A cautionary tale of lentils and the Jammu Mail train

I’m having a flashback to Russia – the a second-class train sleeper (with air-con!) is an open affair of double-decker bunks that double as seats in the daytime. Before we borded the night train, the station platform was full of hungry travellers queuing for Aloo McTikka burgers from McDonalds, so it was round to the second window, serving Chinese and Indian, where I got my takeaway delights of lentils and chapatti. I have eaten a lot of lentils of late. Lucky I like lentils.

It was a crushing affair to leave the comforts of the Taj Mahal hotel in New Delhi. The bed was big and soft, the butler service immaculate (“Madam, you are tired. Please let me run you a bath with soothing salts.”) The trade-off is I’m on the road, gunning it to Dharamsala on the Jammu Mail train. The name suggests she’s not a cannon, and in the first few minutes, she’s lived up to her name.

It’s a real Canterbury Tales brew of folk: there’s a young couple from Moscow whose baby, fat-cheeked, milk white and happy, was born here in India. A vast family of Indian diners using my bed as a dinner table. A mid-50s couple from somewhere north of Vancouver (“Is this your first time on a train?” they ask before regaling me with tales of crushing humanity and waking up beside Indian men who thought two-to-a-bunk is perfectly acceptable). And a Ukrainian coffee fiend who also turns out to be a Master of Darkness.

“I have spent 52 days in a dark room, meditating, and I want more,” says Yuri, who is, incidentally, the happiest Ukrainian I have ever met. As everyone settles down for bed, he regales me with tales of group energy exchanges, extreme yoga and 80s tantric universities. It’s exactly the conversation I had hoped to have on the train up to Dharamsala, exiled home of the Tibetan living god, the Dalai Lama, and therefore a drawcard for every yoga-loving, om-chanting, fishermans-pants-wearing, dreadlocked westerner.

Yuri, Master of Darkness, is sleeping in the bunk above me, a silent Indian man in the one opposite and a stocky old Tibetan man, whose wife carefully makes his bed with the Indian Railways issue of sheets and pillow, in the opposite upper bunk. This is no pyjama party, it’s sleep with your clothes on, your shoes safely tucked away and your passport by your skin. I have bought a shoddy Indian lock and chain for R40 (about a dollar) so I can chain my laptop and camera bag to the bed.

That night, the silent Indian man proves not so silent, and snores raucously through the journey, then begins the day with another, less special but equally loud, bodily cacophony. I wake from a heavy sleep in the early morning, stretching my legs to nudge something soft and impenetrable at the end of my bed. It’s the old Tibetan man from the upper bunk. And he’s chanting his morning prayers. He doesn’t seem to notice that I’ve just stuck a toe in his ribs, and continues his deep, rumbling chant, counting on his sandalwood beads.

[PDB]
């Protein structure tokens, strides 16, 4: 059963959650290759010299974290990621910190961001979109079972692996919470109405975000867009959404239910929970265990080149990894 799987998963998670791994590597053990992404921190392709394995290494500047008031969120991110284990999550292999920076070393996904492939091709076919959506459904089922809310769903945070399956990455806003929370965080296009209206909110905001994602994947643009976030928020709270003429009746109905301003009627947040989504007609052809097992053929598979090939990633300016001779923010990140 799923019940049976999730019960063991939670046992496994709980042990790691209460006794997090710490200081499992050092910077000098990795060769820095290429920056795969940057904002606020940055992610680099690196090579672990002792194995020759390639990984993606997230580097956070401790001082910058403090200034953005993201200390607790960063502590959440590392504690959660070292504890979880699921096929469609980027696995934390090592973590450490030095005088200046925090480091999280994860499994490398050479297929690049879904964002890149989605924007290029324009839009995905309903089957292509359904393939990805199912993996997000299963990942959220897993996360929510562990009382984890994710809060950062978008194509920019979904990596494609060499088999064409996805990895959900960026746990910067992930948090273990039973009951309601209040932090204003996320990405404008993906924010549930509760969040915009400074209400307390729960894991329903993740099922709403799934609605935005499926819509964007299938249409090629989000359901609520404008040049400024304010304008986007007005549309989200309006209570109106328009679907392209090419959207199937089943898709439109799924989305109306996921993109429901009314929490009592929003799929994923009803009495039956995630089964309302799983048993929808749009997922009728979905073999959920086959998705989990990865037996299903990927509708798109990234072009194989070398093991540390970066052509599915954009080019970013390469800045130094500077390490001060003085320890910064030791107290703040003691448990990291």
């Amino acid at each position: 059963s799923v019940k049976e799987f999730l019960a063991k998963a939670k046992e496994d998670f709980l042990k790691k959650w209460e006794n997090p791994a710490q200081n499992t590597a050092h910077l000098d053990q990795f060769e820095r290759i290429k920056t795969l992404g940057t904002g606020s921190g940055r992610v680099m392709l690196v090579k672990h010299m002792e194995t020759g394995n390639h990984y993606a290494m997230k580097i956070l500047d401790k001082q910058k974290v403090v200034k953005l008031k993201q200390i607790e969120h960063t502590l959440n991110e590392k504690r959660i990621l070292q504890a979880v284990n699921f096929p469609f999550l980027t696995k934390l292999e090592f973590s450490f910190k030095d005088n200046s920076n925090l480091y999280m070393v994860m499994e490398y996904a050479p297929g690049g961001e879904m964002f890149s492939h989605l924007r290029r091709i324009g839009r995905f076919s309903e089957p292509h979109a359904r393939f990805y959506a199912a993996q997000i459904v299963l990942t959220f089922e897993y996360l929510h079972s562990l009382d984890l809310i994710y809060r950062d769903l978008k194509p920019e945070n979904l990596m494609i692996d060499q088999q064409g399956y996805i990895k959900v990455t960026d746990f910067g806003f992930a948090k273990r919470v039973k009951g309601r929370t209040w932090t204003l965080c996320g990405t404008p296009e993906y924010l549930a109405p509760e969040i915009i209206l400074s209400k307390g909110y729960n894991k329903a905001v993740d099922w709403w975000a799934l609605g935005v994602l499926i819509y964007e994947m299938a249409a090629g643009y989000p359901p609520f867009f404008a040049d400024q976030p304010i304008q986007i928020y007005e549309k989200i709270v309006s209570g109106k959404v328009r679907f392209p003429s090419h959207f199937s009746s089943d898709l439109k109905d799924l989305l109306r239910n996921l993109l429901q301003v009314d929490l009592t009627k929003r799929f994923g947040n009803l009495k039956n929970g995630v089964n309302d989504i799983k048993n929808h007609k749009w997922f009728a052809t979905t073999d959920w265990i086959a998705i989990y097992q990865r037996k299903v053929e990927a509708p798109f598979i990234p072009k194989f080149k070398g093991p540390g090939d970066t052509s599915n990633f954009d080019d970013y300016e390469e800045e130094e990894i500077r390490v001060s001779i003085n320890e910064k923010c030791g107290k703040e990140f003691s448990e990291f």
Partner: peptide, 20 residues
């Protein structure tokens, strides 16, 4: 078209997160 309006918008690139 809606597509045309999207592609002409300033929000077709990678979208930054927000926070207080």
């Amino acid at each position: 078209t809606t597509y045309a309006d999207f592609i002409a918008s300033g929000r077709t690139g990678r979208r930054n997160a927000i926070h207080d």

I flag a cup of tea from a passing chai-seller then stand to see Yuri on the upper bunk, eyes also closed in a spot of early-morning meditation, then the Canadians, super-chirpy in a Ned Flanders fashion check to see that I’m awake, and we grab gear and fall out of the train.

Ashok, my driver, is waiting with a printed sign and air-conditioned 4WD, and my last view of the older Canadians is them piled on a bicycle rickshaw, bags thrown behind them as their little man starts picking up speed. “See you!” their words float on the morning breeze as they pass. “We’re travelling in styyyyyyyyyyyyyllllllllllllllle!”

About the author

Fear is found on a creaking glacier in the Caucasus mountains and joy is encapsulated in the perfect Shanghai dumpling. And while I love a $500-a-night hotel room (who doesn’t?), sometimes the best stories are found in a $20 guesthouse. With an eye always out for good markets and great street eats, I write the travel news and features for the Sydney Morning Herald and Melbourne’s The Age newspapers, and features for whoever else asks. I have a particular soft spot for the wilds of the Middle East, scarves and carpets. My articles and photographs have been published in a range of consumer magazines and newspapers in Australia and abroad.

3 thoughts on “A cautionary tale of lentils and the Jammu Mail train

  1. look UP in dharamsala – loads of monkeys in the trees, on telegraph wires, buildings etc. but the big DLs temple is most humble … we though we were at the wrong place

  2. Hi F.I. nice to see you! I most certainly looked up. The buggers were everywhere. I had a nice young guide, very tall and healthy, who clung to me (like I was clinging to him) as terrified as I was of the malevolent buggers. I'm not a fan. Heading to Shimla tmw… any tips?

  3. At least this isnt a "Transiberian" express…specially with the Ukranian..telling his tales…but rather it seems you're more like a female Owen Wilson.. travelling on the Wes Anderson's Darjeeling Express..only in this case its a Mail train..so the collection of passengers is much more eclectic and the journey possibly more excruciatating!!

    Still a good cup of Chai..always makes things seem better!..its that old reliability factor ..something common ..it seems in most of India!

    Of course the contrast in sleeping quarters from the "Passage to India" experience to the "we're all in this together" Mail Train
    …Well the appreciation of a "nice bed for the night" ..takes on a whole new significance!!

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